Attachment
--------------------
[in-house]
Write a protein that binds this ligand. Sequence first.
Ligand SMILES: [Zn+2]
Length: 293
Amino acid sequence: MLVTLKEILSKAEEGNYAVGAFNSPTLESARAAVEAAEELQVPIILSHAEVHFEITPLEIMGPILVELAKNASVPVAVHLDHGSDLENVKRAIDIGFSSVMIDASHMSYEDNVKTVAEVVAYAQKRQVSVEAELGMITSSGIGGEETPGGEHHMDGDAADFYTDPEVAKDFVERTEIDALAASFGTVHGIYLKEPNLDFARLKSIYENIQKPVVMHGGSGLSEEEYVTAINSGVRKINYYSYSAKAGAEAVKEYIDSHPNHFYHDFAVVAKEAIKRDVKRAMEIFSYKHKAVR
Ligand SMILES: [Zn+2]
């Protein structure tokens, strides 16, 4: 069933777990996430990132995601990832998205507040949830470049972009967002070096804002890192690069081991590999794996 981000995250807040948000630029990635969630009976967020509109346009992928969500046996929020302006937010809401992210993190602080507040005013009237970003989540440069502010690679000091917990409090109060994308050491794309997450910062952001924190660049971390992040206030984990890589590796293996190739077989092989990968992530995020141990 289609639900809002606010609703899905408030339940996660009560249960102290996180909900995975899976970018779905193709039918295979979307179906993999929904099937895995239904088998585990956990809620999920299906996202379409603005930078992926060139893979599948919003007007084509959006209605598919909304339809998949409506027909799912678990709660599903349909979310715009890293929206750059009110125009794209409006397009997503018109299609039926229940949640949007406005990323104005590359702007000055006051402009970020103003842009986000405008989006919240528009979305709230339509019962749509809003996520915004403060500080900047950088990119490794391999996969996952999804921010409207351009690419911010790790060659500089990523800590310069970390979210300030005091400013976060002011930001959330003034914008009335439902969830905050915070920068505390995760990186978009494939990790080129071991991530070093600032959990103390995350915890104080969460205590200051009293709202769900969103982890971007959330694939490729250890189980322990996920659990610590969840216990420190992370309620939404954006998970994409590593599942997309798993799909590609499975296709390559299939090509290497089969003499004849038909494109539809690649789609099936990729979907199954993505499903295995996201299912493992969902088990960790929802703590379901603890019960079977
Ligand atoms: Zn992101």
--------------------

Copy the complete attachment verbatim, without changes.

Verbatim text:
[in-house]
Write a protein that binds this ligand. Sequence first.
Ligand SMILES: [Zn+2]
Length: 293
Amino acid sequence: MLVTLKEILSKAEEGNYAVGAFNSPTLESARAAVEAAEELQVPIILSHAEVHFEITPLEIMGPILVELAKNASVPVAVHLDHGSDLENVKRAIDIGFSSVMIDASHMSYEDNVKTVAEVVAYAQKRQVSVEAELGMITSSGIGGEETPGGEHHMDGDAADFYTDPEVAKDFVERTEIDALAASFGTVHGIYLKEPNLDFARLKSIYENIQKPVVMHGGSGLSEEEYVTAINSGVRKINYYSYSAKAGAEAVKEYIDSHPNHFYHDFAVVAKEAIKRDVKRAMEIFSYKHKAVR
Ligand SMILES: [Zn+2]
């Protein structure tokens, strides 16, 4: 069933777990996430990132995601990832998205507040949830470049972009967002070096804002890192690069081991590999794996 981000995250807040948000630029990635969630009976967020509109346009992928969500046996929020302006937010809401992210993190602080507040005013009237970003989540440069502010690679000091917990409090109060994308050491794309997450910062952001924190660049971390992040206030984990890589590796293996190739077989092989990968992530995020141990 289609639900809002606010609703899905408030339940996660009560249960102290996180909900995975899976970018779905193709039918295979979307179906993999929904099937895995239904088998585990956990809620999920299906996202379409603005930078992926060139893979599948919003007007084509959006209605598919909304339809998949409506027909799912678990709660599903349909979310715009890293929206750059009110125009794209409006397009997503018109299609039926229940949640949007406005990323104005590359702007000055006051402009970020103003842009986000405008989006919240528009979305709230339509019962749509809003996520915004403060500080900047950088990119490794391999996969996952999804921010409207351009690419911010790790060659500089990523800590310069970390979210300030005091400013976060002011930001959330003034914008009335439902969830905050915070920068505390995760990186978009494939990790080129071991991530070093600032959990103390995350915890104080969460205590200051009293709202769900969103982890971007959330694939490729250890189980322990996920659990610590969840216990420190992370309620939404954006998970994409590593599942997309798993799909590609499975296709390559299939090509290497089969003499004849038909494109539809690649789609099936990729979907199954993505499903295995996201299912493992969902088990960790929802703590379901603890019960079977
Ligand atoms: Zn992101």